China proposes an 80 percent tariff on Australian barley, which would makes sales into that market easier for Canada
The re-ignition of China’s barley dispute with Australia bodes well for Canadian growers and exporters of the crop, says an industry official.
A number of Australian farm groups are reporting that China has notified Australia that it is proposing to impose tariffs of 80 percent on Australian barley exports following an 18-month anti-dumping investigation.
Australia has been given 10 days to respond. A final determination on the draft decision will be made May 19.
Peter Watts, managing director of the Canadian Malting Barley Technical Centre, said Chinese importers are in the process of booking new crop supplies.
“It’s going to be less risky to buy Canadian barley than it is to buy Australian barley right now,” he said.
China launched an anti-dumping and anti-subsidy investigation into Australian barley exports in late 2018.
Some analysts suggested the investigation was in response to Australia signing security and infrastructure deals to counter China’s influence in the Pacific region.
Australia’s barley exports to China fell to $600 million in 2019, down from $1.7 billion the previous year but a lot of that had to do with severely restricted supplies due to drought.
Watts said China’s investigation appeared to have fizzled out.
“Nobody heard anything for a long time,” he said.
“I had sort of forgotten about it, to be honest.”
And then suddenly last weekend China announced the investigation was complete and it had made a draft decision to implement tariffs against Australian barley.
Watts believes it is no coincidence that China’s announcement follows intense lobbying by Australian Prime Minister Scott Morrison for an international inquiry into the origins and handling of the COVID-19 virus.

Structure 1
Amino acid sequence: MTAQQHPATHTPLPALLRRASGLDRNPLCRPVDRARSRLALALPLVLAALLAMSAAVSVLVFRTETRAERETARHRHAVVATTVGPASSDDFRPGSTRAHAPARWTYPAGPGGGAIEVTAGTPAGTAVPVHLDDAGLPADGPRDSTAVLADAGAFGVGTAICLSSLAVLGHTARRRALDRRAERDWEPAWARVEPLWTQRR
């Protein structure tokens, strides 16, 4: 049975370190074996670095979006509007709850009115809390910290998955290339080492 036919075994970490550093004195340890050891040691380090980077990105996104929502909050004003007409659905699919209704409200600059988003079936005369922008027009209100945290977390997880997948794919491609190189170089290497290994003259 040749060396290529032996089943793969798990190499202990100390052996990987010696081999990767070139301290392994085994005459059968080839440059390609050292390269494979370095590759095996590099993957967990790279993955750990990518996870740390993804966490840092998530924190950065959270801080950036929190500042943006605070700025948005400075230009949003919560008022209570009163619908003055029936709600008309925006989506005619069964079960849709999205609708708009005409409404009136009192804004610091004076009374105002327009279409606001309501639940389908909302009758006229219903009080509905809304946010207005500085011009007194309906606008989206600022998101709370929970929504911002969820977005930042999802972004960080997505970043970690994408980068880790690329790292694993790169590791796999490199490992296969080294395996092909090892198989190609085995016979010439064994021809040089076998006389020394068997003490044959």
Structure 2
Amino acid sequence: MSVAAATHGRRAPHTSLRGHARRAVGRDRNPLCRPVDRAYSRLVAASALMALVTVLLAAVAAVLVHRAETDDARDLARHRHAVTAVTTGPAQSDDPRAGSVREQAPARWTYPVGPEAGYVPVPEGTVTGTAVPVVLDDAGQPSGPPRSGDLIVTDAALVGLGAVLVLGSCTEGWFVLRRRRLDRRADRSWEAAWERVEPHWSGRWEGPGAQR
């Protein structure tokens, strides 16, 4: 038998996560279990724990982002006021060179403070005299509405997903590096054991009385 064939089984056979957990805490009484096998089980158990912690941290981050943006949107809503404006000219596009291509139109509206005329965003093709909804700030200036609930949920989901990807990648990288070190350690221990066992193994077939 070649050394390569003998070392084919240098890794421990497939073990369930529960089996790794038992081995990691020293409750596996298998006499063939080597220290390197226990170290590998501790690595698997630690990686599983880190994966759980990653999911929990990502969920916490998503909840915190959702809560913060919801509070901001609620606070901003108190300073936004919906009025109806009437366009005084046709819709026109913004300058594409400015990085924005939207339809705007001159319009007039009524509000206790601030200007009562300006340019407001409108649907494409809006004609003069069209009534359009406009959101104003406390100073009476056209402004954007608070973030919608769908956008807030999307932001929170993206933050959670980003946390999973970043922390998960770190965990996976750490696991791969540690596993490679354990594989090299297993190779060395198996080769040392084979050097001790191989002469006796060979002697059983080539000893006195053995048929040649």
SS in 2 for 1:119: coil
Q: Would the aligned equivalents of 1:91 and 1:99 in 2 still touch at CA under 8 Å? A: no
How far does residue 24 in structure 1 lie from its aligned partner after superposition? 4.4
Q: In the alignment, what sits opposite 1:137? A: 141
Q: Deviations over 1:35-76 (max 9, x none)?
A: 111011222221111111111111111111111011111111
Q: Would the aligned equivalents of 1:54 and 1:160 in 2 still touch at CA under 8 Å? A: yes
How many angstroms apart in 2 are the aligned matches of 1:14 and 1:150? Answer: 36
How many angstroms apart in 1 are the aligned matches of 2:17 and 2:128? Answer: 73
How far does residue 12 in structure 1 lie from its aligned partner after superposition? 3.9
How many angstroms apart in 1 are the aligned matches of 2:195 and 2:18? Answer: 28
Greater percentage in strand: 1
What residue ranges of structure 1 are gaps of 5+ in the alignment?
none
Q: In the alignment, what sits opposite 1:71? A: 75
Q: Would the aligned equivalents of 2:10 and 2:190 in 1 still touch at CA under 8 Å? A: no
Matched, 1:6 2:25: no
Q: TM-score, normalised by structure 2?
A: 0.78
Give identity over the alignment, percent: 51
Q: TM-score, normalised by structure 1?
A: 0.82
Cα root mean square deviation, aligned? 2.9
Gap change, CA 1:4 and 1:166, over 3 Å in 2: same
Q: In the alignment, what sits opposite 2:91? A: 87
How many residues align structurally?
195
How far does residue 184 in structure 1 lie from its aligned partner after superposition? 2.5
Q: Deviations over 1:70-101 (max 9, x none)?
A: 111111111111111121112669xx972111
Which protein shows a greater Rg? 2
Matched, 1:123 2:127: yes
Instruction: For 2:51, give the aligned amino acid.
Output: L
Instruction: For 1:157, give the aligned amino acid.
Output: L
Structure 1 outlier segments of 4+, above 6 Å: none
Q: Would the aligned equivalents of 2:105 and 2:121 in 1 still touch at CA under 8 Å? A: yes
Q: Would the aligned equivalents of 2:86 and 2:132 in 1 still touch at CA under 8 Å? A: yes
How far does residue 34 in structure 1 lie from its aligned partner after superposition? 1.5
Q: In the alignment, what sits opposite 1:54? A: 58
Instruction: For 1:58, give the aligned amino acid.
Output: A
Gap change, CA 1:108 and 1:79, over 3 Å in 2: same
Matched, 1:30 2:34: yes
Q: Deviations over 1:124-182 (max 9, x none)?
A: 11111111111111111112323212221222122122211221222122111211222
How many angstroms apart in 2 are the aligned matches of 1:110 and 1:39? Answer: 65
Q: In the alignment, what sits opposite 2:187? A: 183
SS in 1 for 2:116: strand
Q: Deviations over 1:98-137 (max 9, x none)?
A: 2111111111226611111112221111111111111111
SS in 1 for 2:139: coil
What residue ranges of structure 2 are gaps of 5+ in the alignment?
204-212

“It’s pretty obvious what’s happening,” he said.
Morrison told reporters he does not believe that is the case.
“They certainly haven’t raised it as connected to other issues,” he said.
“I would be extremely disappointed if it was.”
Analysts are expecting a large rebound in Australian barley production, so the threat of a tariff from the country’s biggest customer is a significant blow that has some growers reconsidering seeding plans, according to newspaper reports.
“It’s obviously very worrisome from the Australian barley industry. They’re going to be scrambling,” said Watts.
China is Canada’s top barley customer by a long shot. It imported more than one million tonnes of the crop through the first eight months of the 2019-20 crop year, accounting for 72 percent of total exports.
Watts said new crop sales would likely have been robust regardless of what is happening in Australia, but the threat of tariffs against Australian barley will definitely help Canada’s program.
“It will really crimp Australia’s export trade,” he said.
Watts thinks China will have an exceedingly difficult task convincing the World Trade Organization that Australia was dumping barley, but a WTO case is a time-consuming affair.
In other barley news, the U.S. Grains Council (USGC) recently announced that China has agreed to drop the 25 percent retaliatory tariff on U.S. malt exports.
The USGC said that has resulted in increased sales to China.
Watts said that is not a big competitive threat to Canadian maltsters because China doesn’t import much malt. It prefers to import barley and make its own.
The USGC said the two countries are also working on developing an import protocol for U.S. barley. Currently, U.S. barley is not allowed into the country.
“I’m actually surprised to hear the U.S. didn’t have that in place already, to be honest,” said Watts.
But again, he feels that would not be a major threat to Canada’s barley exports. At one time the U.S. used to export one to two million tonnes of barley annually, but these days it ships out about 100,000 tonnes.
The country uses all the malting quality barley it produces.